Blessings and greetings to all on this splendid anniversary of the birth of the Bab. I thought it was fitting on this glorious day to make a note on something I have been reading by the Bab.
Yesterday, I read Sen's article "Perfection and conservation in Gate of the Heart". I recommend it. It has the clearest statement I've seen about what the Bab would say about humanity's abuse of nature's waterways.
"In the Persian Bayan He writes: 'Nothing is more beloved before God than to keep water in a state of the utmost purity, to such an extent that if a believer should become aware that the glass of water he holdeth in his hand hath passed through any impure parts of the earth, he would be grieved.' In other words, it is implicitly necessary that all streams, lakes, and seas through which the water passes be clean."
But I wanted here to note a few thoughts on perfection. Sen summarises the spiritual principle in the Persian Bayan that underpins whether an action is acceptable:
"if it is performed for God and to attain God’s good pleasure, then every single action must be a means of realizing the potentialities of things and the beautification and refinement of the world."
The implication for action of this principle is that:
"in whatever activity the Babis are engaged, whether in the realm of industry or art, they must perform that work in the best possible manner and realize the utmost perfection in all things."
This principle reminds me of the pilgrim's note that reports Baha'u'llah as saying that we should finish what we begin. There is always something to learn from finishing a project because there is a different set of lessons at the beginning of a project to at the end. But the discipline of finishing projects also forces us to think hard about what projects we start in the first place. For, if we have to finish what we start, we will confine ourselves to a few projects and be forced to think about what our priorities are. (I said to Steve the other day that I think the fundamental principle of conservation should be 'stay at home'. If everyone lived at home and didn't use their home simply as a hotel, I think this would force us to reduce the number of projects we involved ourselves in.)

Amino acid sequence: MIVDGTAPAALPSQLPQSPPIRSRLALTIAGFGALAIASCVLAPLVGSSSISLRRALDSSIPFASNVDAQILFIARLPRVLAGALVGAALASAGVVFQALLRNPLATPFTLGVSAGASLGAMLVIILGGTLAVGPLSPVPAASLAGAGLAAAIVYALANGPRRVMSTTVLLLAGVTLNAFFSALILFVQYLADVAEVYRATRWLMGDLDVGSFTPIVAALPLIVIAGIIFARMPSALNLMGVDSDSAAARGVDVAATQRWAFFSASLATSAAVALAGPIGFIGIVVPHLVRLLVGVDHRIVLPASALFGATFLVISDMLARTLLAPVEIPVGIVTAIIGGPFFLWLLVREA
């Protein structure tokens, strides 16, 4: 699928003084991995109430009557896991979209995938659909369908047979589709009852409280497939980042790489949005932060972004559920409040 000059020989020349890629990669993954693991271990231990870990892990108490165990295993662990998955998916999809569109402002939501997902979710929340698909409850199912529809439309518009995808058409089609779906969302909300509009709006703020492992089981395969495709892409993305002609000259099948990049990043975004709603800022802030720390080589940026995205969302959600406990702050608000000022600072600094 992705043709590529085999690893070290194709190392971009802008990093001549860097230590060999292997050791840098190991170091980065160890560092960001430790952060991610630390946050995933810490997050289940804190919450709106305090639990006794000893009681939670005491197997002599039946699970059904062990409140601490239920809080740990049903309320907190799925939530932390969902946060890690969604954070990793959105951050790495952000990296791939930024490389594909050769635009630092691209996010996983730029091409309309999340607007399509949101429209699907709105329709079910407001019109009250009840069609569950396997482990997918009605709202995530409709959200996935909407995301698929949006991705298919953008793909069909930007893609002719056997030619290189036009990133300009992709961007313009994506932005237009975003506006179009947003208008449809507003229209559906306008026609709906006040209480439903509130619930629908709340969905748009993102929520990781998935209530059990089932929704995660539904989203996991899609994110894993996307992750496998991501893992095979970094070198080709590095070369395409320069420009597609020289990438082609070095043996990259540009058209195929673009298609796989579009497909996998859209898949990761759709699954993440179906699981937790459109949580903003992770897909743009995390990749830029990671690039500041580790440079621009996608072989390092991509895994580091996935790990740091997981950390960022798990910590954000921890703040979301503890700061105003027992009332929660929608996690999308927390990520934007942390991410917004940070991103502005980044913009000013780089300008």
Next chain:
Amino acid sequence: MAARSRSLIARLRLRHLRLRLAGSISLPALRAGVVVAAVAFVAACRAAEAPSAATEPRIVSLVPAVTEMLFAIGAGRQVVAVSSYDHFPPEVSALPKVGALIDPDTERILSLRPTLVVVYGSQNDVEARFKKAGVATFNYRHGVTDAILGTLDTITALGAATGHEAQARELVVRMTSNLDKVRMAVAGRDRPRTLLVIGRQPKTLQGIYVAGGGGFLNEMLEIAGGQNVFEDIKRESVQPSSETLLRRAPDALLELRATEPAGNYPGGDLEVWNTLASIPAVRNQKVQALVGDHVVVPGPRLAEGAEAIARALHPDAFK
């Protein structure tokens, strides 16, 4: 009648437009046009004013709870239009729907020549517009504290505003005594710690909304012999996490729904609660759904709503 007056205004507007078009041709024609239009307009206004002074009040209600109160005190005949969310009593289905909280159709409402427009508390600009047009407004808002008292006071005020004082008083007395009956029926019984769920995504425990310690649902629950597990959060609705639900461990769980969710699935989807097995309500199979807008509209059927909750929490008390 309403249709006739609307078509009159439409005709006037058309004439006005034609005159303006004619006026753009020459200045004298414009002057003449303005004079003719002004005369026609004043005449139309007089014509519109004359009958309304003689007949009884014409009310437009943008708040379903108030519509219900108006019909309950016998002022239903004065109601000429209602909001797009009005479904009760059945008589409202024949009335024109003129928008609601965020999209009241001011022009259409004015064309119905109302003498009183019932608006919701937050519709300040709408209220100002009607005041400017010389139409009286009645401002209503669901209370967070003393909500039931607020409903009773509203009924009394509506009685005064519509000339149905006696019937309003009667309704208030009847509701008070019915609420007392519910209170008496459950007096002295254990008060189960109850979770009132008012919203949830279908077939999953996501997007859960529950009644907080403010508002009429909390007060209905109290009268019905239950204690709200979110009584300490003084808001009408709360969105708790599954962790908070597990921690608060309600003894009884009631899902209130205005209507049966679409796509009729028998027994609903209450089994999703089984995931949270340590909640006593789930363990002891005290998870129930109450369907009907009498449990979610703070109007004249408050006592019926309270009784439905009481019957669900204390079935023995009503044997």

But the main comment about perfection I want to make is how the Bab's principle relates to the negative messages I tell myself. For example, I now recognise the following statement as being at the root of my anxiety- and depression-inducing thoughts: 'things as they stand are wrong and should be different to what they are'. Based on this, I am culpable: for I am responsible for things being wrong, but am pretty much powerless over how things work out in the world. My response was to constantly run around trying to fix things.
Recent reading in theology has helped me through this trap. I understand now that the world is always in a state of perfection. So it isn't true that things are wrong as they stand; things are perfect as they stand. But, at the same time, things are always changing, moving toward a higher degree of perfection. And that is where I come in with my work - it is an effort in the advancement of perfection. Each day, I work to realise "the potentialities of things and the beautification and refinement of the world".
I use this new understanding to counter negative messages that come in. I feel way better now that I can focus on a small number of projects and getting them right. People around me are busy, busy, busy! But I am determined to swim against the tide, for I believe this is the straight path.